• Theatre: In 2006, the quiet town of Ipswich, England, was turned upside down by the discovery of five dead women. During this time, playwright Alecky Blythe recorded extensive interviews with the nearby residents. Set to music, these audio clips form the script to London Road, a raw piece of theatre illustrating tragedy’s ability to fortify a community. Bluma Appel Theatre (27 Front Street East), Saturday at 2 p.m.,8 p.m. and Sunday at 2 p.m., $24-$99. Details
  • Theatre: The Acting Up Stage Company brings the French Antilles to Toronto audiences with its new musical, Once On This Island. Set to an exuberant Caribbean score, we see the gods test the dark-skinned Ti Moune by sending her on a quest after she falls in love with a higher-class, light-skinned man. Daniels Spectrum (585 Dundas Street East), Saturday at 2 p.m.,8 p.m. and Sunday at 2 p.m., $30-$50. Details
  • Theatre: You can surmise a couple of things from the title of Stewart Lemoine’s play, receiving its Toronto debut 18 years after its Edmonton premiere. Like The Exquisite Hour, which producing company the Theatre Department launched with in 2012, Pith! is not much more than a hour—brevity being the soul of wit, after all. Pithy does in part mean concise, but “pith”? Well, it can mean “the essence,” and this play is concerned with getting to the essence of play, and by extension, a play.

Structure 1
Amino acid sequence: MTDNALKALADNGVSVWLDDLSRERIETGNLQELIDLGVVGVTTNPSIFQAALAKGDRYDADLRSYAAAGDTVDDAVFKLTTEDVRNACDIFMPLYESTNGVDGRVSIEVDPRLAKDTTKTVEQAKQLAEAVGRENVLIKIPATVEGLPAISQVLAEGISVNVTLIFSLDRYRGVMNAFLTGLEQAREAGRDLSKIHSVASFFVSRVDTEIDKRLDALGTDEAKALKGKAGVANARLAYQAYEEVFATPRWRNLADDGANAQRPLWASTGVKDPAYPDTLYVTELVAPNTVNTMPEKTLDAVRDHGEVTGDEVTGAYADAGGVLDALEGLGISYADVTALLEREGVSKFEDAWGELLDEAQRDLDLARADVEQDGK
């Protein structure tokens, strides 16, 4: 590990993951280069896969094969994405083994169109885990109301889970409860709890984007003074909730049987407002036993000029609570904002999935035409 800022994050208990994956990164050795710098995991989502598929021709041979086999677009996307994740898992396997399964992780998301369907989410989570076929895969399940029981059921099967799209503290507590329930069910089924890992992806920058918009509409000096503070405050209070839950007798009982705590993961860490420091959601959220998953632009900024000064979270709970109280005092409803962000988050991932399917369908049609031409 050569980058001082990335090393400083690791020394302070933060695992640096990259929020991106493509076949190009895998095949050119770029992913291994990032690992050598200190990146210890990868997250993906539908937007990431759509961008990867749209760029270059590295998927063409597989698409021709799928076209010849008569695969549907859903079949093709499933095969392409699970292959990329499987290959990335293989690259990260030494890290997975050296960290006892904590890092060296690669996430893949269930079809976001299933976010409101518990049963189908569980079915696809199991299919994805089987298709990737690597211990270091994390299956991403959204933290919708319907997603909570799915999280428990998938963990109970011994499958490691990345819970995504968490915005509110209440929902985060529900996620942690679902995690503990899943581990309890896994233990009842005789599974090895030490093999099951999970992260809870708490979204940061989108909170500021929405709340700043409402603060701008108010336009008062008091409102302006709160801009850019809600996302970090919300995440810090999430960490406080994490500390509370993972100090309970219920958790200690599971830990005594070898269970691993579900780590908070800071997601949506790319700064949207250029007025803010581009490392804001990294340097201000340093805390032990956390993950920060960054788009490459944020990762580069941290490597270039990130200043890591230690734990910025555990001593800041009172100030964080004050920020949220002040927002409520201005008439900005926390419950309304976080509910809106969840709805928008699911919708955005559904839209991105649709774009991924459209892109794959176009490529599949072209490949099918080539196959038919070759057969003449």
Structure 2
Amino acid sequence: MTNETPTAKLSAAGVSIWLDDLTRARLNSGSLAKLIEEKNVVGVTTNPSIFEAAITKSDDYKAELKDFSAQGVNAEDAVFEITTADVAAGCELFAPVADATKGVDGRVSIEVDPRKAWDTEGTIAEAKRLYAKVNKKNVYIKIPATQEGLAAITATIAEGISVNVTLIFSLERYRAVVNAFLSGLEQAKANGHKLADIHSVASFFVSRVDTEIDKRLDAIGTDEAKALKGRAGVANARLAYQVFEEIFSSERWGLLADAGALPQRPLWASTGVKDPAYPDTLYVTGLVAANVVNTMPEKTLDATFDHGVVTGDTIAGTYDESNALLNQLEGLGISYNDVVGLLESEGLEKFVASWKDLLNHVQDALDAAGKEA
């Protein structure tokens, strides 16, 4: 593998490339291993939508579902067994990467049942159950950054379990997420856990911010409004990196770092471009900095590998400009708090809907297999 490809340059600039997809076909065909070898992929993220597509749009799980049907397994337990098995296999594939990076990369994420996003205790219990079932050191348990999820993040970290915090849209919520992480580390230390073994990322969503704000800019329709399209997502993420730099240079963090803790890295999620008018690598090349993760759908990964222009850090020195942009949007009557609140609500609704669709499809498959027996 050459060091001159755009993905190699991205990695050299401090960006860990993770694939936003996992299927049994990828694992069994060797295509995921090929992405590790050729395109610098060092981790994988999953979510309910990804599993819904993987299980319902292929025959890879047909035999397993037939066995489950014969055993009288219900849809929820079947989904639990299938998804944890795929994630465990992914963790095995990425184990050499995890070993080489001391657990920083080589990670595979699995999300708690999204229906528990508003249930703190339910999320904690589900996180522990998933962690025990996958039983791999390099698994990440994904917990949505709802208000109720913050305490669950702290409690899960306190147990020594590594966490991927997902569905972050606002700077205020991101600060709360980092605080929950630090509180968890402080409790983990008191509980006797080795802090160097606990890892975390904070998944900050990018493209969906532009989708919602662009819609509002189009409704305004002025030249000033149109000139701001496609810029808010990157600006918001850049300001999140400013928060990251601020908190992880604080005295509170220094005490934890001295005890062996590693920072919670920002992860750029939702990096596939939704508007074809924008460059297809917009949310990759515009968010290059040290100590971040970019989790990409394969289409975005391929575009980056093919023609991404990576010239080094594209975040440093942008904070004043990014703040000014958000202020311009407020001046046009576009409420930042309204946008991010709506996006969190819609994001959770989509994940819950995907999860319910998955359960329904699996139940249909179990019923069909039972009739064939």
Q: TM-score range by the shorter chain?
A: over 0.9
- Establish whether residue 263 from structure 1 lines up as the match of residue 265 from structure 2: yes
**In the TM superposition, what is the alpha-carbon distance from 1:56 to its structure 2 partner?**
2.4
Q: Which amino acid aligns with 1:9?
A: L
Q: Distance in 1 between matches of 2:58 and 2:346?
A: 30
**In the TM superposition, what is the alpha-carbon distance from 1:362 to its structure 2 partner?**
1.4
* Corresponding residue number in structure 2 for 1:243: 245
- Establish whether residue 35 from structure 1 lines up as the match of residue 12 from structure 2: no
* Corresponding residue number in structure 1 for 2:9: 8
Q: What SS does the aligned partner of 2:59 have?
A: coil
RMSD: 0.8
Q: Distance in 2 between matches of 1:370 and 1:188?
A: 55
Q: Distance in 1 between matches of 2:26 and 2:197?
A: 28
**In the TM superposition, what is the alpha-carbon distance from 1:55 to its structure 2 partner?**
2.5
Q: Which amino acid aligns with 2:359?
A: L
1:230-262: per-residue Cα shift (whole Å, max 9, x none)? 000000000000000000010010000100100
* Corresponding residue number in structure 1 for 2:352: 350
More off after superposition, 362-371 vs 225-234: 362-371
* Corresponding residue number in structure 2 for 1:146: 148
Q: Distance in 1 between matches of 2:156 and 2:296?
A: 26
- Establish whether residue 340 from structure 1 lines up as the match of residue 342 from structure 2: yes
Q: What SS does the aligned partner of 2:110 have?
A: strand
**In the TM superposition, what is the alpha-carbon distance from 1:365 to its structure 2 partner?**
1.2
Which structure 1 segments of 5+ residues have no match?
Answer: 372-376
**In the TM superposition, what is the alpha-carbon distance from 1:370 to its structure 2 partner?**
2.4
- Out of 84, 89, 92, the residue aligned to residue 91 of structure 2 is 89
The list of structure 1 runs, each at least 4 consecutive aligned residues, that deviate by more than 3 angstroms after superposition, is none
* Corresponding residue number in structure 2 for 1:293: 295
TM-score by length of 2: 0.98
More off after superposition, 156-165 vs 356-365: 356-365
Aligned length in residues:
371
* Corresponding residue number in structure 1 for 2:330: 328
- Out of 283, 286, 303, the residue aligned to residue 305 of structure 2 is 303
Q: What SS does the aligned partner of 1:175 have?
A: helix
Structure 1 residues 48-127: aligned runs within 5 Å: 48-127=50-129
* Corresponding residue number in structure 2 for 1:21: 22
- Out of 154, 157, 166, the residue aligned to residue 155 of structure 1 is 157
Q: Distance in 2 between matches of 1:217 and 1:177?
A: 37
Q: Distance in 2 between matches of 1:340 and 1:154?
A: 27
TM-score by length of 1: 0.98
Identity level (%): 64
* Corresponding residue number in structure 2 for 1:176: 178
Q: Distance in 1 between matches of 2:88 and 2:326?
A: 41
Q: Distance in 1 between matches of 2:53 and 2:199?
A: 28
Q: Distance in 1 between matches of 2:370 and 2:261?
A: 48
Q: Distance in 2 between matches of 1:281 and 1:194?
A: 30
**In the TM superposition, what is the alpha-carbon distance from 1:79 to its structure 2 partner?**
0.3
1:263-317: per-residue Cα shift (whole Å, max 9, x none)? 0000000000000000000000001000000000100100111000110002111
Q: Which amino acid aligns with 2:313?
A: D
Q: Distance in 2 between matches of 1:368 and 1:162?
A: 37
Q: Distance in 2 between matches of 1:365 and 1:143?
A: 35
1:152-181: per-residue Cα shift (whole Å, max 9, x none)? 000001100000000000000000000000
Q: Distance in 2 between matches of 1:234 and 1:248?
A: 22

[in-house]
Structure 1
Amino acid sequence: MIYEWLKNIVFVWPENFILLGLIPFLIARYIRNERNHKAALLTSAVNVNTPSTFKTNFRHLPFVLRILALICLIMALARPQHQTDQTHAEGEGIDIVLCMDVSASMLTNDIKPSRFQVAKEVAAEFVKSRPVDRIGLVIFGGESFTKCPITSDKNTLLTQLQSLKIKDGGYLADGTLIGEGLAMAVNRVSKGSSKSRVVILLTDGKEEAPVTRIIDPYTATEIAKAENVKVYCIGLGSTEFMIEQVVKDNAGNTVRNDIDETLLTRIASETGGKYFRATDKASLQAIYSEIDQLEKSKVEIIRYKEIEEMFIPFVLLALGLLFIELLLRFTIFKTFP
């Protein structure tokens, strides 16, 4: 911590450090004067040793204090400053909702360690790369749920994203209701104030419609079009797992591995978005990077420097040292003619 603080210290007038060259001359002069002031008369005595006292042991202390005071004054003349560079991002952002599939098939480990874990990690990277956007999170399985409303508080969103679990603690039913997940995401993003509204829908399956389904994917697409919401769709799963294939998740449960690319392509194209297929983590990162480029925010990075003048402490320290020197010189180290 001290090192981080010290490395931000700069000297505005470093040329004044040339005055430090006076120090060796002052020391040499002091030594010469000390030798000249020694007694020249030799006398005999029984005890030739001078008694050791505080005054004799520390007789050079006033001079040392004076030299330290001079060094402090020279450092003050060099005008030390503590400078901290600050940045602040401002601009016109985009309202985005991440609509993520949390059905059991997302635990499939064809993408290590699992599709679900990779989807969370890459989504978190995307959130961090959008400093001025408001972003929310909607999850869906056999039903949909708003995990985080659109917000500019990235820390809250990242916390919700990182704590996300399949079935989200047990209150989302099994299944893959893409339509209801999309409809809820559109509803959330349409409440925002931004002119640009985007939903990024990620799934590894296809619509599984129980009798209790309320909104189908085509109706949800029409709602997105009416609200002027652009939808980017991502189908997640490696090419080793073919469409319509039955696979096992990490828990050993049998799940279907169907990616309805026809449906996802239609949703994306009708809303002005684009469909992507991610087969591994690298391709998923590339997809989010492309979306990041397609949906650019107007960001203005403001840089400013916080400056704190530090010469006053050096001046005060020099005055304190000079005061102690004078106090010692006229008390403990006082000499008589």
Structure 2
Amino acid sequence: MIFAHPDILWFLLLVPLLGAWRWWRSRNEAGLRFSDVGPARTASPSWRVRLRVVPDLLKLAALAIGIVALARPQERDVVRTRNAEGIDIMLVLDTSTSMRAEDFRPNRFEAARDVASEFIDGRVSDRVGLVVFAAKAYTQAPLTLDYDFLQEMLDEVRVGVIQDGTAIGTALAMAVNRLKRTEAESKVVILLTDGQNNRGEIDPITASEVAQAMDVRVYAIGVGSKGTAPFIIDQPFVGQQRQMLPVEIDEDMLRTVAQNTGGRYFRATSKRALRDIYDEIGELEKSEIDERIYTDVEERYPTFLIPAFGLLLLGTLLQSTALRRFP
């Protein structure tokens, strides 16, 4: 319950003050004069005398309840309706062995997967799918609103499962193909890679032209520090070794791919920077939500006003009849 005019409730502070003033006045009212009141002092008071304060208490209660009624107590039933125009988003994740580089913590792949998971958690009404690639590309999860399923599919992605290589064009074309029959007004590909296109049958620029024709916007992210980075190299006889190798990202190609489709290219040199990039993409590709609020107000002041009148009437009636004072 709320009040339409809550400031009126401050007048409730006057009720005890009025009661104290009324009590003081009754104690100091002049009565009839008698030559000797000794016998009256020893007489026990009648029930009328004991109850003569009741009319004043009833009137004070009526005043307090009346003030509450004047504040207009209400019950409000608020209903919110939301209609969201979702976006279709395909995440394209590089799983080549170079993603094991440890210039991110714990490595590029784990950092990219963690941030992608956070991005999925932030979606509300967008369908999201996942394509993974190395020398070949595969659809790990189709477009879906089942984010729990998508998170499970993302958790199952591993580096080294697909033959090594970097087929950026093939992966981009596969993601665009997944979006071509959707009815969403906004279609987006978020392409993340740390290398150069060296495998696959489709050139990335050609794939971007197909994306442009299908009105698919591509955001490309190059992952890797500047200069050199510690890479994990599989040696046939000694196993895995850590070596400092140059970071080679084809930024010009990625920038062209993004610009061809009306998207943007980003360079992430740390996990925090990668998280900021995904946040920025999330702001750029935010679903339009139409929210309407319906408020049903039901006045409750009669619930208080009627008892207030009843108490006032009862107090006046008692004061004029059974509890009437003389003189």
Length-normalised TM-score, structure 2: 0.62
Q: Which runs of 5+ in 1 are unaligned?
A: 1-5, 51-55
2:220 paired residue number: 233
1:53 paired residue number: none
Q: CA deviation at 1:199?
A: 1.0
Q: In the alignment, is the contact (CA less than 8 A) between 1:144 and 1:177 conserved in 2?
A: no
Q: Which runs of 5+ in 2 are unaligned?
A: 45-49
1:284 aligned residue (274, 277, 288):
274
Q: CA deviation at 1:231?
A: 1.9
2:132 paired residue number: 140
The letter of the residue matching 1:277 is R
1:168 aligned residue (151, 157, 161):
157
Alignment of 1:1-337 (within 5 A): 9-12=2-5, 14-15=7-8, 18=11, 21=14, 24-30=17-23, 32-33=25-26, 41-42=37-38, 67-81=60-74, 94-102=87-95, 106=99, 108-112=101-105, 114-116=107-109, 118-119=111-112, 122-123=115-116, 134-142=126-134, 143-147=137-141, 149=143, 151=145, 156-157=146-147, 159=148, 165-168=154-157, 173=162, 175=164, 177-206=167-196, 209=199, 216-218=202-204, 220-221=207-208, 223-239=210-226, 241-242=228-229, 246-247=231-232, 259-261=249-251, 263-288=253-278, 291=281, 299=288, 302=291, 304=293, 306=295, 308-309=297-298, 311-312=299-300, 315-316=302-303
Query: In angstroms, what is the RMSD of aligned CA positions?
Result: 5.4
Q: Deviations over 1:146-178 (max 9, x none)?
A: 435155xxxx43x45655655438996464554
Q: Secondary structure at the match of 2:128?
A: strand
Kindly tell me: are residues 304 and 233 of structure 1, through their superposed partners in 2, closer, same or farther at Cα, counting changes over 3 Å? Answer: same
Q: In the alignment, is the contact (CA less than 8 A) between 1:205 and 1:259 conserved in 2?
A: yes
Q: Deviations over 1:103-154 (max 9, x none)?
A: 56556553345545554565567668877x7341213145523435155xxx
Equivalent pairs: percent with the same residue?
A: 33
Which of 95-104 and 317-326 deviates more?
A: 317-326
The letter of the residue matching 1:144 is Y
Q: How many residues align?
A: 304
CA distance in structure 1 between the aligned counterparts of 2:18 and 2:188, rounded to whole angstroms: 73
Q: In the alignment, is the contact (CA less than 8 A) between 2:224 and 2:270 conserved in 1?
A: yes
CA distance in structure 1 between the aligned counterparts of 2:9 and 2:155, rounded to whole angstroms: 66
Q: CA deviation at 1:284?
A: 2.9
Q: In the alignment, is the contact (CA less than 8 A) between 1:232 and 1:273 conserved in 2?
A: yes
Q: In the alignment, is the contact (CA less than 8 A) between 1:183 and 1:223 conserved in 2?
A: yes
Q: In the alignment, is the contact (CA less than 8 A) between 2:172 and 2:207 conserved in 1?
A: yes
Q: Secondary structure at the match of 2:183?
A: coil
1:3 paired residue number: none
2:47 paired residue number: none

Jack Vail (Ron Pederson) is a sailor and adventurer who, on a whim, decides to see what sort of adventures can be had in Providence, Rhode Island, in the summer of 1931. He’s just disembarked from a long sea voyage, and craves more genteel company, which he decides he’ll find at a Sunday church service and social. His attention is quickly drawn to a woman in mourning cloth and to her slightly less subdued companion, whom he finds sobbing over a plate of pie outside after the service. She introduces herself as Ms. Nancy Kimble (Amy Matysio), and shares the sad tale of her employer Mrs. Virginia Tillford (Daniela Vlaskalic), who has held out hope for a decade that her husband will return from a trip to South America, where he vanished. Theatre Passe Muraille Backspace (16 Ryerson Avenue), Saturday at 2 p.m.,7:30 p.m. and Sunday at 2 p.m., PWYC–$20. Details